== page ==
Supporting Families, Preventing Tragedies


Near Miss


Wednesday, 24 January 2001

Although my son (who is now 8 years old) and I are both alive and well, that is not down to good maternity care in the slightest. There but for the grace of God. In fact, I laboured for 45 hours before having a caesarian under general anaesthetic. The first night of my labour (after a bloody show and contractions all day), my midwife gave me temazepam (which made me woozy and out-of-it but didnt help with sleeping or pain) as she was busy with another woman who was progressing better than I. In fact, my midwife maintained that I didn’t make it out of ‘prelabour’ as my contractions didn’t stabilize and I didn’t dilate more than 3 cm during the whole process. She was never there, and I went into hospital the next morning despite her. She was too busy.

I was sent from Burwood to Chch Womens when the midwife at Burwood worked out that I wasn’t progressing. When the doctor at Chch Womens broke my waters around lunchtime on the second day, there meconium in the amniotic fluid. But I was left till midnight that night before getting the C-section. I had every intervention known to womankind – they even used forceps to get my poor son out! My medical notes are very long.

Why did my midwife think the birth process was so traumatic? Because I was a single mother and unsupported in the pregnancy (her words). However, the fact was that my son was 10lb 9oz, and a forehead presentation. He was never going to be born naturally. As I say, Im lucky that we both survived. And he is an only child partly because of the trauma. I was glad when my midwife left the profession to have her baby soon after, as I thought she was worse than useless, she was dangerous. I was actually warned against her by a friend during my pregnancy but assumed (with blissful ignorance) that I would be okay.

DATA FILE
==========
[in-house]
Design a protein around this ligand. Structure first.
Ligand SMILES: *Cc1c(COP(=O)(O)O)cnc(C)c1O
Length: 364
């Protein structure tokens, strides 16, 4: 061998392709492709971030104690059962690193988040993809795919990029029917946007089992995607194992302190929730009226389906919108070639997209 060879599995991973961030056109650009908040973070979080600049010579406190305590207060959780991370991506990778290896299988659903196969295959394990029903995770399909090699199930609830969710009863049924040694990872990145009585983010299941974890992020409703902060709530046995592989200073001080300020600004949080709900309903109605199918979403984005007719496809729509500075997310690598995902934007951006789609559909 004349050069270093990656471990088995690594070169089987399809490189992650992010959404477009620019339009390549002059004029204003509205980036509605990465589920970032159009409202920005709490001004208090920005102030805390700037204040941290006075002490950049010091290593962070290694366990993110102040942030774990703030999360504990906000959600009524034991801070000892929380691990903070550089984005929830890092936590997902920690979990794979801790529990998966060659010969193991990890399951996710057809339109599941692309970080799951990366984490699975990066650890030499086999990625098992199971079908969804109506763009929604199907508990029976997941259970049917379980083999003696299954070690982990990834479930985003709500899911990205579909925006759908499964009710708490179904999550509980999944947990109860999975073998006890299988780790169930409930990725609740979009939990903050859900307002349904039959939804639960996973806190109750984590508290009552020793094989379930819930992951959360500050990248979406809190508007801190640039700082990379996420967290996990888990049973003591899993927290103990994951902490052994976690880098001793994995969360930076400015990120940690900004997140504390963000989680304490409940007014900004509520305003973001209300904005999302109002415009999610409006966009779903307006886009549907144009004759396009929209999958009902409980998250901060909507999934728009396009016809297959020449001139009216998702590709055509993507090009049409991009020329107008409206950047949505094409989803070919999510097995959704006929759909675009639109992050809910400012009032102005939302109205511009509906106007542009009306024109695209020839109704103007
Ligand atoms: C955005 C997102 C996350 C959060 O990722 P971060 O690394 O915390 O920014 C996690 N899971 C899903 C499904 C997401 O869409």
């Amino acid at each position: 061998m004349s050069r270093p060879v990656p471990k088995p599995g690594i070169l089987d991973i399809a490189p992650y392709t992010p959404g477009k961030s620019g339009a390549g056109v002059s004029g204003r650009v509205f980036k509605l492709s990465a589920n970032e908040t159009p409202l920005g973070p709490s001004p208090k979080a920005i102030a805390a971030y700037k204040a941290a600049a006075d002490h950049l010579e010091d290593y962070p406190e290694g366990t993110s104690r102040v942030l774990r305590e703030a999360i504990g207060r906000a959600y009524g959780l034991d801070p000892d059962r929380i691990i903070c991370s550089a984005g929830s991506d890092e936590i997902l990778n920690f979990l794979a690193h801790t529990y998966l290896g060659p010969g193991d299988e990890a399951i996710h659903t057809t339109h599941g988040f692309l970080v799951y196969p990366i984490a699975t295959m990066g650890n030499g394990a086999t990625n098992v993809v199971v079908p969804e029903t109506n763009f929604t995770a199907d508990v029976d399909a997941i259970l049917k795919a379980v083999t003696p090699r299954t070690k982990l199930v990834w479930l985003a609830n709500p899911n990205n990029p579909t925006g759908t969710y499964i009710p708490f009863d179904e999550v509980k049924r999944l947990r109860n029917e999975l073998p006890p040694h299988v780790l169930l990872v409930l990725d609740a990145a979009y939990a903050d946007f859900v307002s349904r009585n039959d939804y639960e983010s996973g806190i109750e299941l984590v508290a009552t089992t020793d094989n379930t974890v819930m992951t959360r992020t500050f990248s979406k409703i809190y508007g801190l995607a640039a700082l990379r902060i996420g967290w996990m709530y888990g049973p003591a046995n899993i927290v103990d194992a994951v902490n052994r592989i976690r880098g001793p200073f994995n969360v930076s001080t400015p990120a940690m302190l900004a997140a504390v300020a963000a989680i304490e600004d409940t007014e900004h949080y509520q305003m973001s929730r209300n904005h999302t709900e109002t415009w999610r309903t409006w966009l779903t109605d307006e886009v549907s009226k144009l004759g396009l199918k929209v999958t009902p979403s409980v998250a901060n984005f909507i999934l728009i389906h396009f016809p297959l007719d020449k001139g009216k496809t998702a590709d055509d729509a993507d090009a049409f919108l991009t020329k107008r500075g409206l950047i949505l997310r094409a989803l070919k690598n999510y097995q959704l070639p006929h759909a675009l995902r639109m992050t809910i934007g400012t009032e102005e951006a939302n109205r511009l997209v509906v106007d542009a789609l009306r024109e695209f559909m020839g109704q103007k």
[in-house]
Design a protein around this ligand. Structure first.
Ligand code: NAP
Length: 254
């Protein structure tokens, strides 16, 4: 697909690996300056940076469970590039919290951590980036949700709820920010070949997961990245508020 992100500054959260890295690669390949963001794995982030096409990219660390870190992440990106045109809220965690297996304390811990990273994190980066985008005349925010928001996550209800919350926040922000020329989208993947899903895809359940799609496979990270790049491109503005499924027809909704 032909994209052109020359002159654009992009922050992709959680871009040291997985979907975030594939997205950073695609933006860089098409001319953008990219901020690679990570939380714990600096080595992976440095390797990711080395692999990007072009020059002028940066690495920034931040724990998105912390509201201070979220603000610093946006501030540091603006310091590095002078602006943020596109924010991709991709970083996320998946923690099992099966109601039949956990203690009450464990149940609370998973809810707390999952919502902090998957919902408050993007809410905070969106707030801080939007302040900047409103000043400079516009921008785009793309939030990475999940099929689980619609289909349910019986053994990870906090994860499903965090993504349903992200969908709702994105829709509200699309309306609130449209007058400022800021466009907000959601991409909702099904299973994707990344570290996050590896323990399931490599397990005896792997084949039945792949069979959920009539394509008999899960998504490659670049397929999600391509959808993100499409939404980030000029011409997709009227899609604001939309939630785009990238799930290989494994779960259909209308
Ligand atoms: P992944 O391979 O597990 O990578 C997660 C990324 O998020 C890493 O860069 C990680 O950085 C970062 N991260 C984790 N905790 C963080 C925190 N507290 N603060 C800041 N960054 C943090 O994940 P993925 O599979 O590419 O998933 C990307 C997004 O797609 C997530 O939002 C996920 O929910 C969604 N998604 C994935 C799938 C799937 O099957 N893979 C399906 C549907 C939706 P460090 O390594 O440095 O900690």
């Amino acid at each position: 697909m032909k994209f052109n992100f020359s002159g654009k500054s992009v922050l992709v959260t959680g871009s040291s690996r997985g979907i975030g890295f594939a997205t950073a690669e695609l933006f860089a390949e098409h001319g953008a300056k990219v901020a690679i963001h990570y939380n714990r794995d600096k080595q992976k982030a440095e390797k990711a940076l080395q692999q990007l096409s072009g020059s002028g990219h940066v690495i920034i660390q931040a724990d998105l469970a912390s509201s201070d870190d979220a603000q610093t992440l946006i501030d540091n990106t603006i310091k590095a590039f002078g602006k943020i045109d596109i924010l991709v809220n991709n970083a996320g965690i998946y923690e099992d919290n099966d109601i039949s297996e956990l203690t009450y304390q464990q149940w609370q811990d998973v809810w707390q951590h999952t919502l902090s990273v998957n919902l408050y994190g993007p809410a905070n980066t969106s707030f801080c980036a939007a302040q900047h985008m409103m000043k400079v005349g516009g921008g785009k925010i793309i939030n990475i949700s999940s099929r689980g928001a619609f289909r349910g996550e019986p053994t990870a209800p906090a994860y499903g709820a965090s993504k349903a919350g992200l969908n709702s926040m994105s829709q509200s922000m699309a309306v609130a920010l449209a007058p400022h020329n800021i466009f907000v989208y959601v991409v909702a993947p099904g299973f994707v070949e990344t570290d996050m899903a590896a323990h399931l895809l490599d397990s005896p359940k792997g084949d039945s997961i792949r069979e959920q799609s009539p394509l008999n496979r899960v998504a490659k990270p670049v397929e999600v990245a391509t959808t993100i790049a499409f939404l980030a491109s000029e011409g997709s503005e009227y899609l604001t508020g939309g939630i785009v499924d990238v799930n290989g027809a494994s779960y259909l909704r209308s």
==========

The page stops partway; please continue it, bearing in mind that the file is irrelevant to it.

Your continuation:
Anyway, I realise that my story has a happy ending and it could have been a lot worse. And I think about that every time I read about another botched birth in the newspaper.


Red Flags

        RED FLAGS

  • Lack of monitoring
  • “Normalising” the abnormal
  • Lack of action/delay in getting emergency care
  • Going over due date
  • Failure to progress in labour
  • Meconium-stained liquor (waters)
  • Lengthy handover during emergency
  • Inconsistent reporting and documentation
  • Your concerns being ignored

    Click here to read more about common warning signs


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